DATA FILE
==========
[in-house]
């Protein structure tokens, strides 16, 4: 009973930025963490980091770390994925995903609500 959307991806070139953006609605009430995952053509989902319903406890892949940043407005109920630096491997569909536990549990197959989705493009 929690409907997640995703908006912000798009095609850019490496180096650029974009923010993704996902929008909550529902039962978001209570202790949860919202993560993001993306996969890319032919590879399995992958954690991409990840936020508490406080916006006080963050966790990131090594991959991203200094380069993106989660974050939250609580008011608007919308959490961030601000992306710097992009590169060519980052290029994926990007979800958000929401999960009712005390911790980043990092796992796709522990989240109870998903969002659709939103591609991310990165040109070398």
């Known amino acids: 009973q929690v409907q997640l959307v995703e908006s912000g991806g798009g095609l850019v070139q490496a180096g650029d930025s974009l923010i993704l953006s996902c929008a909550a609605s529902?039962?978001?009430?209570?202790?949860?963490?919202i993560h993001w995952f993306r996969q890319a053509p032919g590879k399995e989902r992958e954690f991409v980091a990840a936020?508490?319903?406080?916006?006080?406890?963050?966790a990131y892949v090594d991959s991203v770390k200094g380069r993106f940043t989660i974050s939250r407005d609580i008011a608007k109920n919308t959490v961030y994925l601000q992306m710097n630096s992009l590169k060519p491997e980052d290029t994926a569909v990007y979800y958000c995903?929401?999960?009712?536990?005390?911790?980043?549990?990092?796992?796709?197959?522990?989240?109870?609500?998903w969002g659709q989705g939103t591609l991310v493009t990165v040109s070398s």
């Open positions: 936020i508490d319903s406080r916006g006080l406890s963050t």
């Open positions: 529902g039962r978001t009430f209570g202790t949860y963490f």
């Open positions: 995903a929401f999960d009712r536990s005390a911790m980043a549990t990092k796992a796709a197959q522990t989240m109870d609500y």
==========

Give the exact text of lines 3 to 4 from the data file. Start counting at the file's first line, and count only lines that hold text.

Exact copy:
């Known amino acids: 009973q929690v409907q997640l959307v995703e908006s912000g991806g798009g095609l850019v070139q490496a180096g650029d930025s974009l923010i993704l953006s996902c929008a909550a609605s529902?039962?978001?009430?209570?202790?949860?963490?919202i993560h993001w995952f993306r996969q890319a053509p032919g590879k399995e989902r992958e954690f991409v980091a990840a936020?508490?319903?406080?916006?006080?406890?963050?966790a990131y892949v090594d991959s991203v770390k200094g380069r993106f940043t989660i974050s939250r407005d609580i008011a608007k109920n919308t959490v961030y994925l601000q992306m710097n630096s992009l590169k060519p491997e980052d290029t994926a569909v990007y979800y958000c995903?929401?999960?009712?536990?005390?911790?980043?549990?990092?796992?796709?197959?522990?989240?109870?609500?998903w969002g659709q989705g939103t591609l991310v493009t990165v040109s070398s």
């Open positions: 936020i508490d319903s406080r916006g006080l406890s963050t």